Car Title Transfers: From Simple to Sophisticated
If you recently purchased a vehicle or are in the process of selling, one of the most important steps is to transfer the title of the car. The title is the legal document indicating the owner of the vehicle.
Laws and regulations relating to securities transfers vary from state to state. The process and paperwork is generally straightforward, but check with your state’s Department of Motor Vehicles for specific requirements.
How to transfer a car title as a buyer
As a new vehicle owner, it is important to process the paperwork as soon as possible. You won’t have legal ownership of the vehicle until you sort out the new title, which means working with the seller to make the transfer happen. This usually follows a few defined steps.
- Confirm that the seller is the legal owner: Check the vehicle’s VIN and ownership documents to make sure you’re not buying a stolen vehicle. You should also note the odometer reading at the time you purchase the vehicle.
- Seller transfers title: The seller of the vehicle must transfer title to your name by signing the release and transferring ownership to you.
- Make sure the privileges are cleared: If the seller has a loan on the vehicle, this lien must be resolved. A statement from the lender that the loan has been paid – or simply verifying that the title is listed as non-lien with the DMV – should suffice.
- Get a new title: Once the owner has signed the title and all liens have been cleared, go to the DMV to get the new title issued in your name.
- Provisional title issued: In many cases, a DMV will provide a temporary title and send the final document within a few weeks.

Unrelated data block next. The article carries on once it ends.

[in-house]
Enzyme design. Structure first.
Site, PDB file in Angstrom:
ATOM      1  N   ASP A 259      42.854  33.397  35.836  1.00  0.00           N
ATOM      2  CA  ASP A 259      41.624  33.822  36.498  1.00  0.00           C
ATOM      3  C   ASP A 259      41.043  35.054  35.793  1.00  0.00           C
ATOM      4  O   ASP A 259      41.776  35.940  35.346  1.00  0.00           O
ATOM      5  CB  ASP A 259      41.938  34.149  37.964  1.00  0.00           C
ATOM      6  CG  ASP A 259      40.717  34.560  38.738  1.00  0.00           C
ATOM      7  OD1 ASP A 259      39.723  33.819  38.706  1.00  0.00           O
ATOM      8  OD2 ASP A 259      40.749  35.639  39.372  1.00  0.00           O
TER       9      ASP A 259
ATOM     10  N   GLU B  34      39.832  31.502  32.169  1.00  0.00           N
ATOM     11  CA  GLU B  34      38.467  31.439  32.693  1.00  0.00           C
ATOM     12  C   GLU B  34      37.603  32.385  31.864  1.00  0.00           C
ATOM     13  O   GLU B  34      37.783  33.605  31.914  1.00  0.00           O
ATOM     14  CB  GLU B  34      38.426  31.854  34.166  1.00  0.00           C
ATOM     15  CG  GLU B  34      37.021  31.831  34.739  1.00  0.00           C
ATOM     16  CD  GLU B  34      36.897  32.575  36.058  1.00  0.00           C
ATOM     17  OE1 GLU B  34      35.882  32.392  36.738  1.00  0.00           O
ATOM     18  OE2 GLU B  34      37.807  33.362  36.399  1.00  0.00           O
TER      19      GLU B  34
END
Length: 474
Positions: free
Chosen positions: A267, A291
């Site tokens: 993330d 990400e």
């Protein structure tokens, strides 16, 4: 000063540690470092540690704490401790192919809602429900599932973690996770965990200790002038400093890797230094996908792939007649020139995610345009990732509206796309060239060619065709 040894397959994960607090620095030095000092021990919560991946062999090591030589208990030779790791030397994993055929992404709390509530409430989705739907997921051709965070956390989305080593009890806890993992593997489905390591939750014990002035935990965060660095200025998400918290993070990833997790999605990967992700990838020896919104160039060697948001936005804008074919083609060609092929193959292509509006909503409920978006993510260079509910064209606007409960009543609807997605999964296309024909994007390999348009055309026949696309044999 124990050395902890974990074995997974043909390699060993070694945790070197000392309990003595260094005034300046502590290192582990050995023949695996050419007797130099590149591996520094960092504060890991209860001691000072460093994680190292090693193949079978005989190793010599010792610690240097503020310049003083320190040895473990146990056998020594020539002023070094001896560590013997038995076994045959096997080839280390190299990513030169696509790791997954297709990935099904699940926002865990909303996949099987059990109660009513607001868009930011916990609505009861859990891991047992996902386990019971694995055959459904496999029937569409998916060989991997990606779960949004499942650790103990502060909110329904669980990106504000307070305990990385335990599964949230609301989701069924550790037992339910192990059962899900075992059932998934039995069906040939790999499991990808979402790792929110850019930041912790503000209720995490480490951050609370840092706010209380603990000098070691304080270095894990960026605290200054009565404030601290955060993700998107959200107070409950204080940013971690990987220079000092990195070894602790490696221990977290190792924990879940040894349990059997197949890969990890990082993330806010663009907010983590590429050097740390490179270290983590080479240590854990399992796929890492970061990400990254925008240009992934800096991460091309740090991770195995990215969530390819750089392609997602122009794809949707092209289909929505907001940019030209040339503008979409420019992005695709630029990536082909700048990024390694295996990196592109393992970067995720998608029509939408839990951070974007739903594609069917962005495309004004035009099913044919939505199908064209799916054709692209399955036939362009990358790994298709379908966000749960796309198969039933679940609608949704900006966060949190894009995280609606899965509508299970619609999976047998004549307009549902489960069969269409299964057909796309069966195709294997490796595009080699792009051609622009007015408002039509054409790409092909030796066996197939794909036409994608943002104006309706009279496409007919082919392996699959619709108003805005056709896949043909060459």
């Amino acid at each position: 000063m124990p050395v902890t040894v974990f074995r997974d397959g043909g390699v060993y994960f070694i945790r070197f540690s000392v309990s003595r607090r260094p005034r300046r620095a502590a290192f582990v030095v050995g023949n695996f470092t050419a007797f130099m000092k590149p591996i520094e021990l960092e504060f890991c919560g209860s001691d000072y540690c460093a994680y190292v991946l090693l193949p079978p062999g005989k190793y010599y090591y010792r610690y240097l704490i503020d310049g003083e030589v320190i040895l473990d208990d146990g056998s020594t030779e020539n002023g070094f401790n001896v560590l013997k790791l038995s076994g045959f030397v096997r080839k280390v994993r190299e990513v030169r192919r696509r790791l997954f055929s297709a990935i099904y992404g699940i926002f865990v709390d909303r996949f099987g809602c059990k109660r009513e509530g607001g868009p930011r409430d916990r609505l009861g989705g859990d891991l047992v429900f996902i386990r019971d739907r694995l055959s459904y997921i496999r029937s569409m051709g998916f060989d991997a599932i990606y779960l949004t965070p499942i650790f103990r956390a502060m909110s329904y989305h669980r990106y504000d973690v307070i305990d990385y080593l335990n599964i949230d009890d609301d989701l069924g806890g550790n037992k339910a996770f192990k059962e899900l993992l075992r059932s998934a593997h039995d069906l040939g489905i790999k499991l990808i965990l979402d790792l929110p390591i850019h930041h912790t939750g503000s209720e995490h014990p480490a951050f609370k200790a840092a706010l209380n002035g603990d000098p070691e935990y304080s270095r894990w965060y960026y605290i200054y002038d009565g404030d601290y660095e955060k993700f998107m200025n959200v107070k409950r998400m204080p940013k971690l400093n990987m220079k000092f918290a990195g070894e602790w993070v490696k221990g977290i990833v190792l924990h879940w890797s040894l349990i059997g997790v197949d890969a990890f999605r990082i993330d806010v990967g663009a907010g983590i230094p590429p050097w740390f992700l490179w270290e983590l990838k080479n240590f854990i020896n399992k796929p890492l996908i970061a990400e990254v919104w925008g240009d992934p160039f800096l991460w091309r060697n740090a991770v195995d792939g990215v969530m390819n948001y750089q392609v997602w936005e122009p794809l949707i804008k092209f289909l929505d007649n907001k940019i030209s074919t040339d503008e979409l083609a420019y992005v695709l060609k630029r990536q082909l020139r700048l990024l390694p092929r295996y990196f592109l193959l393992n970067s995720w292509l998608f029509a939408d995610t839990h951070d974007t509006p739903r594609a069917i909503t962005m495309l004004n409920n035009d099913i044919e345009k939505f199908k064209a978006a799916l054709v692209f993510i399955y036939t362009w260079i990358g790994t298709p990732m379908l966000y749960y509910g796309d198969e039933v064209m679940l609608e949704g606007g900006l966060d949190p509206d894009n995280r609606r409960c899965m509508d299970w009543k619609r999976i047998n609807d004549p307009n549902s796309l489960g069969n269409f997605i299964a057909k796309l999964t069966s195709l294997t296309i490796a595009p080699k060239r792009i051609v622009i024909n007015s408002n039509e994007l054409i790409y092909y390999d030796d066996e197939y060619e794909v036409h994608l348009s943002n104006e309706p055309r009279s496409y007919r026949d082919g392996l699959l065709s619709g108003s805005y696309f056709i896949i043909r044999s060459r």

The title transfer process is less complicated if you choose to buy from a dealership. Most dealerships will take care of this for you. But if you want to buy from a private seller, it will be up to you and the seller to make sure the paperwork is properly processed.
How to transfer a car title as a seller
If you sell your vehicle, you must transfer ownership to the buyer. This is an especially important step because you still have legal ownership until the transfer occurs. Until then, you will be held responsible for any legal issues or costs incurred by the new driver of the vehicle.
As the seller, you must sign the old title so that the buyer can obtain a new title in their name. To simplify the process, go to the DMV with the buyer, then have the documents notarized if your state requires it.
If more than one person is listed on the title, you should check if the word between the names on the title is “or” or “and” before finalizing the transfer. In the case of an “and”, you will also need the other person listed to sign the transfer.
Trading in your car with a dealer involves less paperwork, although you’ll likely make less money doing so. However, a dealership will likely handle the title transfer for you. You’ll still need to sign the title, but it should take less time overall.
How to transfer a car title with a loan
Although transferring a vehicle title is fairly simple, selling or buying a car with a lien can be a little more complicated.
If the current owner is still paying off a car loan, the lender will likely have title. Check with the lender to make sure the loan is fully paid off so the new buyer can receive the title. Then you can request that proof of loan repayment be sent to your local DMV so that the title transfer can take place.
Although the documents needed differ from state to state, when transferring to your DMV, you will most likely need the following documents for the bill of sale:
- Selling price
- Odometer reading
- Date of sale
- Car insurance
- Name and address of buyer and consignee
- License Information
The bottom line
Transferring your vehicle title is the last step in the process of buying or selling a car, so it’s important that it’s done correctly. Make sure that all vehicle owners sign the title deed to the buyer and that all liens are cleared in order to properly complete the sale.
Since the rules vary from state to state, check with the local DMV and call ahead to make sure you have all the necessary paperwork before heading to the new title.